Same meet, different results for men and women’s track


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The men’s and women’s track teams went to California over the weekend, but the squads came home with entirely different impressions.

For the men, the weekend in the Golden State proved to be a more sedative place than for the women.

“It was a little more laid-back for everybody,” said sophomore Erik Sowinski, who placed fourth in the 400-meter — his career début in the event. “It was a meet to get the cobwebs out. It wasn’t even on schedule at the beginning of the year.”

Head men’s coach Larry Wieczorek pointed out a few of the “cobwebs” he saw in the men’s first outdoor meet. He noted the 4-by-4 relay as an event to improve on following a few technical snafus with the baton that caused the team to be ineligible for the race.

“Now, we’ve got something to tweak,” he said. “We can go back to work, and get it corrected, and go to Auburn, and put it together a little bit better.”

Even with a few gaffes, there remained some collegiate-best performances.

Steven Willey, who holds the record for the 400-meter on the indoor track, began the outdoor season with a personal best in the same event, earning him the fifth-highest mark in Iowa’s record books.

The junior managed the feat in Fayetteville, Ark., where the wind was not so kind as in California.

Willey will have to put forth a massive effort if he wants to capture both the indoor and outdoor record — one currently held by former Olympian Anthuan Maybank. Willey’s coach, though, is still optimistic.

“The outdoor record is a pretty strong one, but Steven does have some time ahead of him,” Wieczorek said. “I would set no limits for him.”

Wieczorek hopes Willey’s performance is only a taste of the outdoor season’s success, something that may be based on the team participating in the meet in the first place.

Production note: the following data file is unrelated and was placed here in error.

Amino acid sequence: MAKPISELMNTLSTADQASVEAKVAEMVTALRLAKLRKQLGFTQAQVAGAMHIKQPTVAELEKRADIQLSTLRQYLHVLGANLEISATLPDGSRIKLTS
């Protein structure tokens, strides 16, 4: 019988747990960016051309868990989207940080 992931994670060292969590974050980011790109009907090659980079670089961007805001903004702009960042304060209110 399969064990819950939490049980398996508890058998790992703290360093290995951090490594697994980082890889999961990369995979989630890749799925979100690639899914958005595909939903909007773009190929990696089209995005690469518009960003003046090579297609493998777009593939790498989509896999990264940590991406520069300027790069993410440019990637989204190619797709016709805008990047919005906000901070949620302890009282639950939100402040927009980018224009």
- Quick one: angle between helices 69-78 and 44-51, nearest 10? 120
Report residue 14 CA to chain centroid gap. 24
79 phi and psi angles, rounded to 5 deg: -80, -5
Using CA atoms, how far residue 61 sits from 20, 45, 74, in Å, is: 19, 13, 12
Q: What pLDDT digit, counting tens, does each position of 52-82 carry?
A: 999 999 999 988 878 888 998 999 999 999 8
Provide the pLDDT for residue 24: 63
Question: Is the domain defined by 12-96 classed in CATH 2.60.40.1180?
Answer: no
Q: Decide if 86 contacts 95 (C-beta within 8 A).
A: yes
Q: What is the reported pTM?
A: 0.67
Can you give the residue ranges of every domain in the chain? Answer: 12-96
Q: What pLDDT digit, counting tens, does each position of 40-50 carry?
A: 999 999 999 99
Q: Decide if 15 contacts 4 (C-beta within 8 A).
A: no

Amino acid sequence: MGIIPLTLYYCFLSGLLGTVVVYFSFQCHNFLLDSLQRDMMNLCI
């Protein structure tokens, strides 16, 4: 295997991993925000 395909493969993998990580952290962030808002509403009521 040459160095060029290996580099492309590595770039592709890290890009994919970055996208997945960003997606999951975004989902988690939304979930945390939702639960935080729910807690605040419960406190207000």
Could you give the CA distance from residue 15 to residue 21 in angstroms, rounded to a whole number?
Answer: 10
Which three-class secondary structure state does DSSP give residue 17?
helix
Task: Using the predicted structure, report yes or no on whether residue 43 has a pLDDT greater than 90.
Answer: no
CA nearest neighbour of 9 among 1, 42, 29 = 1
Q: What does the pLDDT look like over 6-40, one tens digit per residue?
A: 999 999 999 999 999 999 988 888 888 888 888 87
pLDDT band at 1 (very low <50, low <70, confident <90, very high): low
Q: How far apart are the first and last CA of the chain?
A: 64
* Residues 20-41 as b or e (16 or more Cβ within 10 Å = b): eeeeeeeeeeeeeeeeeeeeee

The Hawkeyes weren’t scheduled to run at the Stanford Invitational, but Wieczorek and his staff felt that getting started sooner in the season may be beneficial for everyone and keep the continuity between the indoor and outdoor sessions.

“We heard about this meet [in California] and wanted to start a little earlier rather than wait for the meet down at Auburn,” he said. “And I think it worked out well. Our expectations are pretty high at this time of the year. We told them that we want them to perform at a high level right now.”

For the women, however, California wasn’t as even-tempered.

“Competition was fierce,” women’s head coach Layne Anderson said. “The women who ran faster than ours are tops in the NCAA. They are girls who will finish high at the national meet.”

Betsy Flood ran the 5K for the first time and finished second in her heat with a 16:32 mark. The sophomore said the other schools pushed the Hawkeyes in their second outdoor event of the season.

“It’s one of our bigger meets of the outdoor season, and we took it pretty seriously,” she said. “The competition varied by heat. Some heats even ran the Olympic A standard.”

Even though the squad members felt they performed adequately, Anderson said the team seeks more than that.

“We’re looking to do more than just run well,” he said. “We’re looking for national marks.”

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